. Frances Westley, et al, “Tipping Toward Sustainability: Emerging Pathways of Transformation,” Ambio 40 (7) (November 2011): 762–780.
. The “Anthropos” of the Anthropocene, however, is a strange reified construct. Just as Marx mapped the trope of “Man” in his “On the Jewish Question” or Engels probed in The Condition of the Working Class in England, its agency and subjectivity rests in the same political economy which Engels characterized as that “science of enrichment born of the merchant’s mutual envy and greed” rooted in “despicable immorality” (Quoted in Robert Tucker, The Marx-Engels Reader (New York: Norton, 1978), xxviii). Marx’s vision of Man, then, triangulates itself against the duplicities of seeking personal enrichment in the realm of civil society and global markets along with collective empowerment of the bourgeois class in the domain of the state.
The Anthropos, or “Man,” is a social being enfolding in very recent times framed by states and civil societies with all their mythic qualities. The egoistic existence of all men is tied to the capitalist forces animating economic “Man.” Marx here asserts that the double-dealing of modernity comes into full play:
Where the political state has attained to its full development, man leads, not only in thought, in consciousness, but in reality, in life, a double existence—celestial and terrestrial. He lives in thepolitical community, where he regards himself as a communal being, and in civil society where he acts simply as a private individual, treats other men as means, degrades himself to the role of a mere means, and becomes the plaything of alien powers. (Marx, “On the Jewish Question,” in Robert Tucker, The Marx-Engels Reader, (New York: Norton, 1978), 34)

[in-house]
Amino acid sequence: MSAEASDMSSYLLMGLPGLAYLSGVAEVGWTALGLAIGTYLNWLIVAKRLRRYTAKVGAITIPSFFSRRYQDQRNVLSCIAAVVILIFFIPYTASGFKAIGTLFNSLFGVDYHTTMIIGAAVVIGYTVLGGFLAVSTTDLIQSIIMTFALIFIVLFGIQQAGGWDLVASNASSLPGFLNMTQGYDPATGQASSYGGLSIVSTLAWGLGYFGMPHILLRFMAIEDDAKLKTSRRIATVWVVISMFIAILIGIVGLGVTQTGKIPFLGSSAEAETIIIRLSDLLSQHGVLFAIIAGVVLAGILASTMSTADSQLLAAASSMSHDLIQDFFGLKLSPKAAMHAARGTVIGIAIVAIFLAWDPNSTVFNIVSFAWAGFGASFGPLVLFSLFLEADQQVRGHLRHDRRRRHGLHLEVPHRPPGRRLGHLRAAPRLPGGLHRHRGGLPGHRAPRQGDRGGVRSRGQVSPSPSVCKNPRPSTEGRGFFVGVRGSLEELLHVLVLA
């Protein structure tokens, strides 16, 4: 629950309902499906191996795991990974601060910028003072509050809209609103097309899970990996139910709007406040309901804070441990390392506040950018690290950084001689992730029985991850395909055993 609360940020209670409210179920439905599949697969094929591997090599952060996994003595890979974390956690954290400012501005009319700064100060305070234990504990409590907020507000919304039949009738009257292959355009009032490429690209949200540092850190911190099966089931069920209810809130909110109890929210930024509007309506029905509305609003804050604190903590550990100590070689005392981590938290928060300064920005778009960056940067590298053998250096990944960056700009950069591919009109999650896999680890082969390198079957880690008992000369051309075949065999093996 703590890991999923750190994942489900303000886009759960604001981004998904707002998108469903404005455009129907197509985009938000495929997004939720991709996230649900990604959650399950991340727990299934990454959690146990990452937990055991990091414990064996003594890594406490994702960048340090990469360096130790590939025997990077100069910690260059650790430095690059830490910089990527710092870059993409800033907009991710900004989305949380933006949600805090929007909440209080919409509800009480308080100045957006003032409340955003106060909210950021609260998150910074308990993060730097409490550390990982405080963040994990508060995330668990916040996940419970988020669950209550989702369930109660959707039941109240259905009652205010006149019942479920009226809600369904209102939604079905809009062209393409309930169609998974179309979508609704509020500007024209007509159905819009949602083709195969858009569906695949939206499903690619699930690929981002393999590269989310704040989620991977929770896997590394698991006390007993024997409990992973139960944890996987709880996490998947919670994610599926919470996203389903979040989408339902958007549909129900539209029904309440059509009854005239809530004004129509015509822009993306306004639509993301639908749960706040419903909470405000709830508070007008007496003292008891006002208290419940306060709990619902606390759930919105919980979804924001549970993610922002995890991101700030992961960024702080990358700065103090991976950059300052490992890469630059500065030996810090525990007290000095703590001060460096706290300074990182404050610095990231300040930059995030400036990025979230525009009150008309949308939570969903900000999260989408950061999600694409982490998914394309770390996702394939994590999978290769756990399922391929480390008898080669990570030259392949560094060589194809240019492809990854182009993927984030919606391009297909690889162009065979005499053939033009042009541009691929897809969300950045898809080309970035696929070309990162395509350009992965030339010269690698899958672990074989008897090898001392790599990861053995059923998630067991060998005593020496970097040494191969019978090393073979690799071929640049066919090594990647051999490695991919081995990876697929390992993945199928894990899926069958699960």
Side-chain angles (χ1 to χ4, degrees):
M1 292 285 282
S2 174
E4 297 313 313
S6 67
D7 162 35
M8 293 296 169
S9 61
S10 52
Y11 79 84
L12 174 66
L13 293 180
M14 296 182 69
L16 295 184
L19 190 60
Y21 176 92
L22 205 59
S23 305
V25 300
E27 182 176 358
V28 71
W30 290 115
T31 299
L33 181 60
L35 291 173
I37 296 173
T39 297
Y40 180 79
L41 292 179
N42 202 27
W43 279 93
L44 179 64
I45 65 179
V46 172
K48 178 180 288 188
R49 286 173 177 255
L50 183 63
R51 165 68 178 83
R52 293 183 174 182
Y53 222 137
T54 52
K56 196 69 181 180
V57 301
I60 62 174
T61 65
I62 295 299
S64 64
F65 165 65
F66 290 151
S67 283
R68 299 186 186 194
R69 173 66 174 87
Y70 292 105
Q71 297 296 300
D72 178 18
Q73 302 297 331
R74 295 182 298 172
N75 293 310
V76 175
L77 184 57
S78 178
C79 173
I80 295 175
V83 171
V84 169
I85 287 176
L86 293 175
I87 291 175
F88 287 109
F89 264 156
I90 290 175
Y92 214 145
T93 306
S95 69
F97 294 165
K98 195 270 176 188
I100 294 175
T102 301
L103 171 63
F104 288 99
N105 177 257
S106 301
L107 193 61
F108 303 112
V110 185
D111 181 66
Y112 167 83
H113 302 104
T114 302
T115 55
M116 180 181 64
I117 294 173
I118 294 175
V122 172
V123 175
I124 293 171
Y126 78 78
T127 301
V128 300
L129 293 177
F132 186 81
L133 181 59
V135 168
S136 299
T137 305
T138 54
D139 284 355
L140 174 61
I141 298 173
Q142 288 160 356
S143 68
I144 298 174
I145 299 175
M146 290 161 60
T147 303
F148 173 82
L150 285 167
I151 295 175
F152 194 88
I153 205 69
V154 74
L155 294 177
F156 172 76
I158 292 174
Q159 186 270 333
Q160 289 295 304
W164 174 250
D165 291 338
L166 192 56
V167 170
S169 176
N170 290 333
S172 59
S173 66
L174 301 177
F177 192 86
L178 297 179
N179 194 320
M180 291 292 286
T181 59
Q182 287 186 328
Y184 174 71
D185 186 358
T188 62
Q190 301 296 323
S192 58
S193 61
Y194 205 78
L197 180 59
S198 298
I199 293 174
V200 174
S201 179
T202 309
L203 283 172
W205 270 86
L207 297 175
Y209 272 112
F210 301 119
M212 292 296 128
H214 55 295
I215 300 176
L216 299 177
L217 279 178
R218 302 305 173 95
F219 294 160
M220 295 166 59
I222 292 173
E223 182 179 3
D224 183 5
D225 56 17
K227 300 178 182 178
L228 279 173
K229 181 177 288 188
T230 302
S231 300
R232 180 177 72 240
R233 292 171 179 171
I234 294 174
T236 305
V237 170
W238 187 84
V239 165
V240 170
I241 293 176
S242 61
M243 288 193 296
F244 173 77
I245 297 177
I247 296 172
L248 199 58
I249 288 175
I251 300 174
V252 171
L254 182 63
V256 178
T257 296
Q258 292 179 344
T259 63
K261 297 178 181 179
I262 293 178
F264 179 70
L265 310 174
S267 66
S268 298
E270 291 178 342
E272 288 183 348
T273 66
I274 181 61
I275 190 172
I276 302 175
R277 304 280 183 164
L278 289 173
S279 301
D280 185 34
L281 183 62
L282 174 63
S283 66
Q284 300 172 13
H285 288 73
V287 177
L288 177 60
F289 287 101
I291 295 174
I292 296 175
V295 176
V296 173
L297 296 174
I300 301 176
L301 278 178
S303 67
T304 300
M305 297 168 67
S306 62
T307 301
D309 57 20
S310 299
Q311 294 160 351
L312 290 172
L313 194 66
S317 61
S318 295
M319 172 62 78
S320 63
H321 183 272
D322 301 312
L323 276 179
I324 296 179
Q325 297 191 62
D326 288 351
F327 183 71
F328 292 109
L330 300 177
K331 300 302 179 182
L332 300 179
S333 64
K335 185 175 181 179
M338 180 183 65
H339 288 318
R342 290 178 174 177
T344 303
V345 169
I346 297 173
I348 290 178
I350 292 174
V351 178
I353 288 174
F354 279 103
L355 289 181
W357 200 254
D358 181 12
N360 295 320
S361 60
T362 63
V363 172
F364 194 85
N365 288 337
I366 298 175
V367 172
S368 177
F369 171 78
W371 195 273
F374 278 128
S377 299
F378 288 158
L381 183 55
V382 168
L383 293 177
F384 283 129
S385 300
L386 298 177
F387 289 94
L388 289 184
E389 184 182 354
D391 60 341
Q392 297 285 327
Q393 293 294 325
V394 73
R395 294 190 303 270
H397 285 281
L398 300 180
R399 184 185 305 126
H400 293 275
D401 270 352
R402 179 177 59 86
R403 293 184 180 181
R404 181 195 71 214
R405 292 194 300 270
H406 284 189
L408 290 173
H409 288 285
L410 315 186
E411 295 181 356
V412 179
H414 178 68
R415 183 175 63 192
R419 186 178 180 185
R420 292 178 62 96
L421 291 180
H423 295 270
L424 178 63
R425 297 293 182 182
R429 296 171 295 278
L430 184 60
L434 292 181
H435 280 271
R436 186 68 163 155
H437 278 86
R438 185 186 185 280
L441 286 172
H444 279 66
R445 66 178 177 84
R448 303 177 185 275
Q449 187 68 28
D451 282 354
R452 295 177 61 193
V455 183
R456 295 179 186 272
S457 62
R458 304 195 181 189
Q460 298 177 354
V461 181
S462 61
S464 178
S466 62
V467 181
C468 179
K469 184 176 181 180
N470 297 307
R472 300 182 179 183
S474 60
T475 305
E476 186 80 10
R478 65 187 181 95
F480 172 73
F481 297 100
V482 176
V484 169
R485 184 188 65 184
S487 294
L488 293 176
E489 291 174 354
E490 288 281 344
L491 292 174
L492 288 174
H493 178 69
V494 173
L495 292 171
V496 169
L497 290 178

Unexpectedly, even ironically, species-being for humans in the Holocene appears as this archetypical “Man.” Crutzen and Stoermer, as they date the most noticeable effects of human activities globally in their “Anthropocenery,” are addressing the humans caught in these same containers of agency—the state and civil society—in which their relations as communal beings and private individuals are the egoisms of a doubled existence pitched at treating other men as means.